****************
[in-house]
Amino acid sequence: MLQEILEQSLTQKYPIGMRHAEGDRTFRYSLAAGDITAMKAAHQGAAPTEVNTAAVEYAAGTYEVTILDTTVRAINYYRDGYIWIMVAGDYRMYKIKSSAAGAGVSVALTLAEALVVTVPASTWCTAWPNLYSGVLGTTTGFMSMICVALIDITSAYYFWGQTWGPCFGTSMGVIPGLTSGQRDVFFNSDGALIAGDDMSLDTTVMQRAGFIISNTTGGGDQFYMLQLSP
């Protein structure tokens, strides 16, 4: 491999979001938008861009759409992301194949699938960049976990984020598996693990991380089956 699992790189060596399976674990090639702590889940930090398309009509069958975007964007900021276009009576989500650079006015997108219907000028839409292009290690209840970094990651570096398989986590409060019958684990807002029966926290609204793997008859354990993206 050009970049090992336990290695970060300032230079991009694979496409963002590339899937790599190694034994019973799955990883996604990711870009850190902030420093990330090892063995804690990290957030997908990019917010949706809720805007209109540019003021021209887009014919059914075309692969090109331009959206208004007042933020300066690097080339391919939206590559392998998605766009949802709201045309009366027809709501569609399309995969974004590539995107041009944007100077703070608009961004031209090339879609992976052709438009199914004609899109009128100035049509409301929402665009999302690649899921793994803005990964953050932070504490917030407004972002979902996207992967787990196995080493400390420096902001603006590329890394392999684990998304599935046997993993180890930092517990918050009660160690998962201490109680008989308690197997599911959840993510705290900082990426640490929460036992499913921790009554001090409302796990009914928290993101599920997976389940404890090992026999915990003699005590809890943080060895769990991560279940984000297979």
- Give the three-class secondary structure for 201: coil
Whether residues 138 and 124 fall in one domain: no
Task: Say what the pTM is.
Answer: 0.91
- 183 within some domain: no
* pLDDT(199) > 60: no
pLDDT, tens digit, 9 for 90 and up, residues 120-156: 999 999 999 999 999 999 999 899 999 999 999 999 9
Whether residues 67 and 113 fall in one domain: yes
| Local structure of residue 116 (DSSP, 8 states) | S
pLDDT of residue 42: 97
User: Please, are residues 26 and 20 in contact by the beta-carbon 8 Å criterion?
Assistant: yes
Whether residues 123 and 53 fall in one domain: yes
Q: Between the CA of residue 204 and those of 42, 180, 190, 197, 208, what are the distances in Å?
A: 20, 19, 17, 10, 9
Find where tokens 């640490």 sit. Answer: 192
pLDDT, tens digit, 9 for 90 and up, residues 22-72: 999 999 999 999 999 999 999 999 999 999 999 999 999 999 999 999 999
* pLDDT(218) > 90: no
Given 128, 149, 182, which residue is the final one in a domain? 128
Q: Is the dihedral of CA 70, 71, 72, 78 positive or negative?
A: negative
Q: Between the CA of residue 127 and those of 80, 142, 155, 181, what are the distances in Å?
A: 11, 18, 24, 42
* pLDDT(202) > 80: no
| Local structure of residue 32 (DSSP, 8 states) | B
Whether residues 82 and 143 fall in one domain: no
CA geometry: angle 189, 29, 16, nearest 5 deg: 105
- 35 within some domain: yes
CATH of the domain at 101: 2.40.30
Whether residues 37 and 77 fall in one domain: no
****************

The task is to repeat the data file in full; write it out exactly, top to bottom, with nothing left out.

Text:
[in-house]
Amino acid sequence: MLQEILEQSLTQKYPIGMRHAEGDRTFRYSLAAGDITAMKAAHQGAAPTEVNTAAVEYAAGTYEVTILDTTVRAINYYRDGYIWIMVAGDYRMYKIKSSAAGAGVSVALTLAEALVVTVPASTWCTAWPNLYSGVLGTTTGFMSMICVALIDITSAYYFWGQTWGPCFGTSMGVIPGLTSGQRDVFFNSDGALIAGDDMSLDTTVMQRAGFIISNTTGGGDQFYMLQLSP
């Protein structure tokens, strides 16, 4: 491999979001938008861009759409992301194949699938960049976990984020598996693990991380089956 699992790189060596399976674990090639702590889940930090398309009509069958975007964007900021276009009576989500650079006015997108219907000028839409292009290690209840970094990651570096398989986590409060019958684990807002029966926290609204793997008859354990993206 050009970049090992336990290695970060300032230079991009694979496409963002590339899937790599190694034994019973799955990883996604990711870009850190902030420093990330090892063995804690990290957030997908990019917010949706809720805007209109540019003021021209887009014919059914075309692969090109331009959206208004007042933020300066690097080339391919939206590559392998998605766009949802709201045309009366027809709501569609399309995969974004590539995107041009944007100077703070608009961004031209090339879609992976052709438009199914004609899109009128100035049509409301929402665009999302690649899921793994803005990964953050932070504490917030407004972002979902996207992967787990196995080493400390420096902001603006590329890394392999684990998304599935046997993993180890930092517990918050009660160690998962201490109680008989308690197997599911959840993510705290900082990426640490929460036992499913921790009554001090409302796990009914928290993101599920997976389940404890090992026999915990003699005590809890943080060895769990991560279940984000297979």
- Give the three-class secondary structure for 201: coil
Whether residues 138 and 124 fall in one domain: no
Task: Say what the pTM is.
Answer: 0.91
- 183 within some domain: no
* pLDDT(199) > 60: no
pLDDT, tens digit, 9 for 90 and up, residues 120-156: 999 999 999 999 999 999 999 899 999 999 999 999 9
Whether residues 67 and 113 fall in one domain: yes
| Local structure of residue 116 (DSSP, 8 states) | S
pLDDT of residue 42: 97
User: Please, are residues 26 and 20 in contact by the beta-carbon 8 Å criterion?
Assistant: yes
Whether residues 123 and 53 fall in one domain: yes
Q: Between the CA of residue 204 and those of 42, 180, 190, 197, 208, what are the distances in Å?
A: 20, 19, 17, 10, 9
Find where tokens 């640490």 sit. Answer: 192
pLDDT, tens digit, 9 for 90 and up, residues 22-72: 999 999 999 999 999 999 999 999 999 999 999 999 999 999 999 999 999
* pLDDT(218) > 90: no
Given 128, 149, 182, which residue is the final one in a domain? 128
Q: Is the dihedral of CA 70, 71, 72, 78 positive or negative?
A: negative
Q: Between the CA of residue 127 and those of 80, 142, 155, 181, what are the distances in Å?
A: 11, 18, 24, 42
* pLDDT(202) > 80: no
| Local structure of residue 32 (DSSP, 8 states) | B
Whether residues 82 and 143 fall in one domain: no
CA geometry: angle 189, 29, 16, nearest 5 deg: 105
- 35 within some domain: yes
CATH of the domain at 101: 2.40.30
Whether residues 37 and 77 fall in one domain: no